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The True Meaning of Business Friendly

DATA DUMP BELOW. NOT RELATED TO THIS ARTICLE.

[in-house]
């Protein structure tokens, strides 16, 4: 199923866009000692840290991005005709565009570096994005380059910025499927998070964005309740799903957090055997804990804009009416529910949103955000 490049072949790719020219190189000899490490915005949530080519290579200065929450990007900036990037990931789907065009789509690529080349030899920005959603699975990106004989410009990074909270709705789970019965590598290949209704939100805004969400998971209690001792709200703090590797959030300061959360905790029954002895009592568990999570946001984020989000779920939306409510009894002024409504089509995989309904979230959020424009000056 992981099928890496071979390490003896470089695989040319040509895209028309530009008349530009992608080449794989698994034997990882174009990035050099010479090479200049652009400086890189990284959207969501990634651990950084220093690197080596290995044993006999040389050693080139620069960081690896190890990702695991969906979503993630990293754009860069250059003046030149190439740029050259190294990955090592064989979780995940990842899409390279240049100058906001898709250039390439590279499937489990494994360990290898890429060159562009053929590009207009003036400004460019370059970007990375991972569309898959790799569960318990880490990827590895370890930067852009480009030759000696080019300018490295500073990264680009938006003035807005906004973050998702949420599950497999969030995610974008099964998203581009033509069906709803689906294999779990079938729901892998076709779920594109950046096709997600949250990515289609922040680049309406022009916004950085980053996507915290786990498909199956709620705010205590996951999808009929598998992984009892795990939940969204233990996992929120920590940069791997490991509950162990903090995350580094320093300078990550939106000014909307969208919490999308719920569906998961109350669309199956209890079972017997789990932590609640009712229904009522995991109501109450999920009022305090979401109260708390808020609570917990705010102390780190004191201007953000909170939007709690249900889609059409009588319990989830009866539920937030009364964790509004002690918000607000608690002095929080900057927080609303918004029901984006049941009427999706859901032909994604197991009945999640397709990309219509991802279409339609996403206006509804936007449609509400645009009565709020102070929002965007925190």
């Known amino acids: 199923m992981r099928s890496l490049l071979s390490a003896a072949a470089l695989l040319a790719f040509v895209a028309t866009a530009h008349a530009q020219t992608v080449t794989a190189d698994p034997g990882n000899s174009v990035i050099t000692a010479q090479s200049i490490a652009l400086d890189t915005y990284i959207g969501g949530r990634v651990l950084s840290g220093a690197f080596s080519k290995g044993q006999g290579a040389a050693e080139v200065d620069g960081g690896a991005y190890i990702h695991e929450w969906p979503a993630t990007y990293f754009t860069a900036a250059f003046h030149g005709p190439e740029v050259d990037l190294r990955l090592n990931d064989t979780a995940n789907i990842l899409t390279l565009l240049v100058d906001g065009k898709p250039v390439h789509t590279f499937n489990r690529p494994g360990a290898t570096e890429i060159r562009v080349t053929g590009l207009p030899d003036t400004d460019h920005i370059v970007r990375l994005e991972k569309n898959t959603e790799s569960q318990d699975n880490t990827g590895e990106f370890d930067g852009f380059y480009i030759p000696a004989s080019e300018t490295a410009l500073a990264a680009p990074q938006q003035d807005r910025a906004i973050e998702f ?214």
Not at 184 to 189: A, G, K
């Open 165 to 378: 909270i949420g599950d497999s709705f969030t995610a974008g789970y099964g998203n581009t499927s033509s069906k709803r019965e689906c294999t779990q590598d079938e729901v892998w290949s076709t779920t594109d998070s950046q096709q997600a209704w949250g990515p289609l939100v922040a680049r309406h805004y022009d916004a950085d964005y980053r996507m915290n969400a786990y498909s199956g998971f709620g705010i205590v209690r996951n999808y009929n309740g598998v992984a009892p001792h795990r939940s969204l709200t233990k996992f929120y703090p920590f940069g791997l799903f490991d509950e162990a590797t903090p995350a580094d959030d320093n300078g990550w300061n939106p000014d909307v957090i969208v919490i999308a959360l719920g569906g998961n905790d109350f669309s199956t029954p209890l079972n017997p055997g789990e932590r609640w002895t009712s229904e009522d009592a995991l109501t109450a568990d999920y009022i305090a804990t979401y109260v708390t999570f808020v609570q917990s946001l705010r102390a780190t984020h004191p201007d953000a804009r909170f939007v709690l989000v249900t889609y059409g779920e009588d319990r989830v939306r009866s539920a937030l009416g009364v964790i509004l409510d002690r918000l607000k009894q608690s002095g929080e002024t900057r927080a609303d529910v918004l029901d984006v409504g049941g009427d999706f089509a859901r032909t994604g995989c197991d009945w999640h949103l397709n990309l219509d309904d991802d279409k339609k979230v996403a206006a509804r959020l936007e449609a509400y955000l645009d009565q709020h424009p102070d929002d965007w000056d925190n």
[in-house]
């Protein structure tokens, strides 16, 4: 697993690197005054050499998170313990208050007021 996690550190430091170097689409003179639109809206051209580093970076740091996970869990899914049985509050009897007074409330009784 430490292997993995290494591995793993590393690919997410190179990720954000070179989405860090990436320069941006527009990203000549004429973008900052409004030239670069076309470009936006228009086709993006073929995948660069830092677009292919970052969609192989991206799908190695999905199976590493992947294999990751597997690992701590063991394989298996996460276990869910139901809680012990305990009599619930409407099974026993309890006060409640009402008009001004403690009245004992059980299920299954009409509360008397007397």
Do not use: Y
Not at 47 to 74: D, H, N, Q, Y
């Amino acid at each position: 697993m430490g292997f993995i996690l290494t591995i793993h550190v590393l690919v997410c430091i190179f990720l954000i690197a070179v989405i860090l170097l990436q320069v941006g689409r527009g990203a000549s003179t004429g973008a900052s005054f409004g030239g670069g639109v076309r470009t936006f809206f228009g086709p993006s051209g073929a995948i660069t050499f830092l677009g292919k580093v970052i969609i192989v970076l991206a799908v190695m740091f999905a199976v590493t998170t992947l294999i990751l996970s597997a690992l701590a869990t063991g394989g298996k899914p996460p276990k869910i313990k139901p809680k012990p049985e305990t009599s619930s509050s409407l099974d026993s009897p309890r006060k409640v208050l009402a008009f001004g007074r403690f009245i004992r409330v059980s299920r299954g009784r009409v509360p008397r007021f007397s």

Every February, the Valley Industry & Commerce Association (VICA) holds its State Officeholders Dinner, where we invite elected officials to meet with our members in a fun and intimate setting. During the dinner program, at least one of our guests is always asked this question: Are you pro-business? With our annual dinner having just taken place, we thought it would be helpful to clarify what we mean when we say “pro-business.” It’s easy to define in vague terms. A pro-business politician creates and supports policies that foster a robust business climate. But what does that mean exactly? What does it mean in Los Angeles? In California? Let’s start with a hot topic on every California and Los Angeles company’s radar – the minimum wage. VICA believes that in most circumstances, a pro-business lawmaker will not introduce legislation or an ordinance to massively raise the state or city minimum wage over just a few years. However, combining minimum wage increases with business-boosting policies like lowering tax rates for businesses, eliminating onerous regulations and the like could certainly soften the blow. Also, pro-business lawmaker will consult with the business community meaningfully on issues like the minimum wage, and facilitate an open and transparent process. A pro-business politician will make real efforts to cut down on frivolous litigation. This can be done in a number of ways. Requiring the losing party who brought a bad faith lawsuit against another party to pay for all attorney’s fees – commonly known as a “loser pays” rule – is a sure deterrent against needless litigation. Requiring businesses to provide paid sick leave, complicated worker’s compensation legislation and new laws that require companies to share liability with contractors are also surefire ways to encourage lawsuits and further back up the state’s overloaded court system. California businesses are also frequently targeted with environmental lawsuits in which the suing party invokes the California Environmental Quality Act (CEQA). The law’s complicated laundry list of regulations makes it especially attractive to special interests, such as labor groups, to wield as a legal tool in order to get what they want. CEQA in its current incarnation has led to significantly increased costs for companies and project delays because of its repetitious approval process. Any pro-business lawmaker will make CEQA reform a top priority. A pro-business politician implements incentives that attract different industries to the state and its various regions and helps them thrive. A great example is last year’s huge expansion of the California Film & Television Tax Credit program, which will result in billions of dollars in direct spending in the state – particularly benefiting Los Angeles. A lawmaker who cares about business will draft tax incentives that help companies in California’s struggling aerospace and manufacturing industries as well. A pro-business elected official in Los Angeles recognizes the mounting traffic problems in our region and works to allocate transportation funding to the areas that need it most. The Valley contributes 20 percent of L.A. County’s total tax dollars, yet is sorely lacking in light rail options for commuters. As a result, the Valley is the junction for two of the country’s – yes, country’s – most congested freeway interchanges. Any official looking to improve business conditions in the Los Angeles region will prioritize alleviating traffic here through freeway renovations and increasing public transportation options. Lastly, a Los Angeles officeholder sees the gross receipts tax, or the “business tax,” as a huge burden on the city’s businesses, and creates or supports a real path to its eventual elimination. Obviously, there are myriad ways in which a politician can demonstrate his or her commitment to bettering the state and local business climate. VICA hopes that those looking to improve business conditions will look at the aforementioned issues as a great place to start. Stuart Waldman is president of the Valley Industry and Commerce Association, a business advocacy organization based in Sherman Oaks that represents employers throughout the Los Angeles County region at the local, state and federal levels of government.

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